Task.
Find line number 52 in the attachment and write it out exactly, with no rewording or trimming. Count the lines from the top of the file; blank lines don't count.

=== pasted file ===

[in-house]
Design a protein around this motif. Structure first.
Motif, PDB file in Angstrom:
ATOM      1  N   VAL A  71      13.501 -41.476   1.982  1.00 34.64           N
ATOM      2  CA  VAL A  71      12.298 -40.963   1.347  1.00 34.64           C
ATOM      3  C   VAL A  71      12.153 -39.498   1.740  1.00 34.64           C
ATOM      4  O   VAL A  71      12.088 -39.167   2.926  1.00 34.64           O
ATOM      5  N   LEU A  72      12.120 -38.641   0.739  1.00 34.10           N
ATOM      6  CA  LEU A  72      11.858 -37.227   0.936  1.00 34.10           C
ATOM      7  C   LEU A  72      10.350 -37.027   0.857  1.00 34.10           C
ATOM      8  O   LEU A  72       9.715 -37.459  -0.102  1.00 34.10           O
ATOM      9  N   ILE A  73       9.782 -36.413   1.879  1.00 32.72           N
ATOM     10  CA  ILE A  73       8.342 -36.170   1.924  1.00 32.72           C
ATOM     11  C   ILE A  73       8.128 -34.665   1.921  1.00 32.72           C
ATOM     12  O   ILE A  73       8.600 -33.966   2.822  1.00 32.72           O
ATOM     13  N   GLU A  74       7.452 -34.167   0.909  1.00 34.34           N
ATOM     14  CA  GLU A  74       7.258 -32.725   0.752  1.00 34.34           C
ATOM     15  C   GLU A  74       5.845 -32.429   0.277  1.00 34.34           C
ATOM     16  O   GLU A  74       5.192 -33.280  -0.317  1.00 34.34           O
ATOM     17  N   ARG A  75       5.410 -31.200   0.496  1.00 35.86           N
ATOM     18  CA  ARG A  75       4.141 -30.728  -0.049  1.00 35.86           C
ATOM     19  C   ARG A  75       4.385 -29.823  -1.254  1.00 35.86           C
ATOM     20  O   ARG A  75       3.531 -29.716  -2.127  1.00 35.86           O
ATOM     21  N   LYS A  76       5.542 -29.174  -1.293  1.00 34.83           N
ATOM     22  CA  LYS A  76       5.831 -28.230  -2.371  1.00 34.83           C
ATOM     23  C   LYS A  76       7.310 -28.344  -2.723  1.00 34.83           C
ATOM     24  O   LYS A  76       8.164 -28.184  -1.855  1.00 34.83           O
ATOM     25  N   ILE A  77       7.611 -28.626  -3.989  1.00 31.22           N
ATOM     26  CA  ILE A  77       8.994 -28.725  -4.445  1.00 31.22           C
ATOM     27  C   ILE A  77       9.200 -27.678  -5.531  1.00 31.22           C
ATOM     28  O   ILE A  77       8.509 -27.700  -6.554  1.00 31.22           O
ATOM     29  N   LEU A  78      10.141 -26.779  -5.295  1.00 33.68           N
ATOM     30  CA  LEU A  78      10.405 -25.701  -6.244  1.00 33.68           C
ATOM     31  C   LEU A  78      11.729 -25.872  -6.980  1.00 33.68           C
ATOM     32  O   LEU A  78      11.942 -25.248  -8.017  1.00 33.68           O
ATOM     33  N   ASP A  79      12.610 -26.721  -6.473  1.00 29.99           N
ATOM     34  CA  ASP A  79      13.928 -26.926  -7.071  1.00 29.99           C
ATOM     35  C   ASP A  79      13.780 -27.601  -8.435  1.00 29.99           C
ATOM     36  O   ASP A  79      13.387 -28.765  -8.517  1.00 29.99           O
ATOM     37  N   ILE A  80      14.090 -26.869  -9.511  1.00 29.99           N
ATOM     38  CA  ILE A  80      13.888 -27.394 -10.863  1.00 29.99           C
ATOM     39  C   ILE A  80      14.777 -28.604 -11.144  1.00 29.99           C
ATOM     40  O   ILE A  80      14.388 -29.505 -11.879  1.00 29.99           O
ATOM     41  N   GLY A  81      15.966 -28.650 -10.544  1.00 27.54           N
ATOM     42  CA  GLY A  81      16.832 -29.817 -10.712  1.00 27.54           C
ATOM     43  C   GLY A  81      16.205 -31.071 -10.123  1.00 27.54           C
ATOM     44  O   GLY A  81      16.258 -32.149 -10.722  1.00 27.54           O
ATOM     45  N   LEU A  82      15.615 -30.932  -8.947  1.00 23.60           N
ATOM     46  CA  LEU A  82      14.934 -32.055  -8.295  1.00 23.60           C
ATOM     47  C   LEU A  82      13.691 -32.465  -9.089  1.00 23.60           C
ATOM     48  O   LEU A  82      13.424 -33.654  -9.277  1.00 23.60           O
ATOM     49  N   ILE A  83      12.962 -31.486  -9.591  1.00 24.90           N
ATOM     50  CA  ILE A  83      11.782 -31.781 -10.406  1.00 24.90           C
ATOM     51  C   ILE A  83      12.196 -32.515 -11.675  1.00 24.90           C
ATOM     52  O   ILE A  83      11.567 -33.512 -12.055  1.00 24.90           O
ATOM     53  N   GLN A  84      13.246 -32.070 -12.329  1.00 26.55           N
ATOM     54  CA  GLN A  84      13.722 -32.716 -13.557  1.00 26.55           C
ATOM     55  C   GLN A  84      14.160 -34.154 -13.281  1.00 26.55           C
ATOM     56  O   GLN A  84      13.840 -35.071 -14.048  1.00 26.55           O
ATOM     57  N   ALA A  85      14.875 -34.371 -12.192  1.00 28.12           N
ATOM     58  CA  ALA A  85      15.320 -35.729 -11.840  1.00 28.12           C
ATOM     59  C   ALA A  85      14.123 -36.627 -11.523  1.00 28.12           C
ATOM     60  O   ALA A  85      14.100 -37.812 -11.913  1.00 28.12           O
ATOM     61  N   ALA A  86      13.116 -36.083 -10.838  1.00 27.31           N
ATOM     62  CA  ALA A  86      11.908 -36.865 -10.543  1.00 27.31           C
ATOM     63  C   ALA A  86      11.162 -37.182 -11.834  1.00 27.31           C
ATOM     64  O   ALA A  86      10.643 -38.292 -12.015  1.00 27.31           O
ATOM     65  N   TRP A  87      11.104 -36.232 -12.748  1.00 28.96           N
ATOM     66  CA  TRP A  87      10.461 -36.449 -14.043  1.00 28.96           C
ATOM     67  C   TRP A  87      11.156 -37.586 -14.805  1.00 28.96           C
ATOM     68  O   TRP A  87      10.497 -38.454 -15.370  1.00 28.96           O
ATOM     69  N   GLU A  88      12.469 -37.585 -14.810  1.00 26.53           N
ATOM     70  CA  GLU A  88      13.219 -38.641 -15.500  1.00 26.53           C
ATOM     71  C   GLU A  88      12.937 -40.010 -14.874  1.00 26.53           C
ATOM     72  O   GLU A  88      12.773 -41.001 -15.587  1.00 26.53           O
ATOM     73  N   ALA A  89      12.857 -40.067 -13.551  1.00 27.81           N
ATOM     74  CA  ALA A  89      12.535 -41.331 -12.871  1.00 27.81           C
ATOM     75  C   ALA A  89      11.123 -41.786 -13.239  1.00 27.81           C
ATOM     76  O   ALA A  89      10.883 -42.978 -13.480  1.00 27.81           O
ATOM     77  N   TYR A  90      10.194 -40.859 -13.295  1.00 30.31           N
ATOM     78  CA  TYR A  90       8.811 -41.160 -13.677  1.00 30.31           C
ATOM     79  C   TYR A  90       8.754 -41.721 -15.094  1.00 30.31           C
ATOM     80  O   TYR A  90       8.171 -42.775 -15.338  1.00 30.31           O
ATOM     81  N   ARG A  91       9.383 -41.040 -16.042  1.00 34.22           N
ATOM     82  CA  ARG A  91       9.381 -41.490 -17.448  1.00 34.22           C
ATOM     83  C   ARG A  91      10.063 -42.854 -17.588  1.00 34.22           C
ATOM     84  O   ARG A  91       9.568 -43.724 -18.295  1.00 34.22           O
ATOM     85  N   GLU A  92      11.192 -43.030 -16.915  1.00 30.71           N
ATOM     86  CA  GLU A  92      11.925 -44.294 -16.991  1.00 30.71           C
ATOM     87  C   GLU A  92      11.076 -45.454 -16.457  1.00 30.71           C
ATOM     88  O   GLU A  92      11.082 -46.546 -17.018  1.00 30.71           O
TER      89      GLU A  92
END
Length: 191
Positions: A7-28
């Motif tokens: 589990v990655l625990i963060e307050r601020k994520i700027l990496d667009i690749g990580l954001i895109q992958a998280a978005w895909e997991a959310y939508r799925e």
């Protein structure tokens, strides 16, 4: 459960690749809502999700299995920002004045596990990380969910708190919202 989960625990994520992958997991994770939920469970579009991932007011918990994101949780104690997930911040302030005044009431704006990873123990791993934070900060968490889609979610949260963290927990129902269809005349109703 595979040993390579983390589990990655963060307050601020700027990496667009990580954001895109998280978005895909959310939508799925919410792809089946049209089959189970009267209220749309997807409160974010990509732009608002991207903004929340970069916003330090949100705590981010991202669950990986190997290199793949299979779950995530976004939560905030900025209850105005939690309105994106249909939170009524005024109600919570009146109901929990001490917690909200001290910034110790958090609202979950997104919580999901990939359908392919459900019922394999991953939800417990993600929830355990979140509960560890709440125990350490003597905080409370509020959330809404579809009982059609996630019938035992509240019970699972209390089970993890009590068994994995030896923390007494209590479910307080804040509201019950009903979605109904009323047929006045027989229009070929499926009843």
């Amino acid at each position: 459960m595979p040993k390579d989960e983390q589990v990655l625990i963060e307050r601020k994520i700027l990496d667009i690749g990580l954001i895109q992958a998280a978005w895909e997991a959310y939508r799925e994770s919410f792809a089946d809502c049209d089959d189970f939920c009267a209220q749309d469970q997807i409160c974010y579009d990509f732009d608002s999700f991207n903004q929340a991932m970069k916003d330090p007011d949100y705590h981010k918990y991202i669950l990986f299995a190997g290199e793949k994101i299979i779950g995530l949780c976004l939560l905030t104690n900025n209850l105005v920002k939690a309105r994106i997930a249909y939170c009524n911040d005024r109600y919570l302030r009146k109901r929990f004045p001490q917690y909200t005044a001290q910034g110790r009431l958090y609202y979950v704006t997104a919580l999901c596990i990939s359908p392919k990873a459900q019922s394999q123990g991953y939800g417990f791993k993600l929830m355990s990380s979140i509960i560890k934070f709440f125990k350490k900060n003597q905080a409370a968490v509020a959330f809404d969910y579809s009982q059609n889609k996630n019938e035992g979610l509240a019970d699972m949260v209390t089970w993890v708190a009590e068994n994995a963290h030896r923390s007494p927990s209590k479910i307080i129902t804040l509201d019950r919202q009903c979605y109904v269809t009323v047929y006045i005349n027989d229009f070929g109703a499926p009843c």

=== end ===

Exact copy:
ATOM     49  N   ILE A  83      12.962 -31.486  -9.591  1.00 24.90           N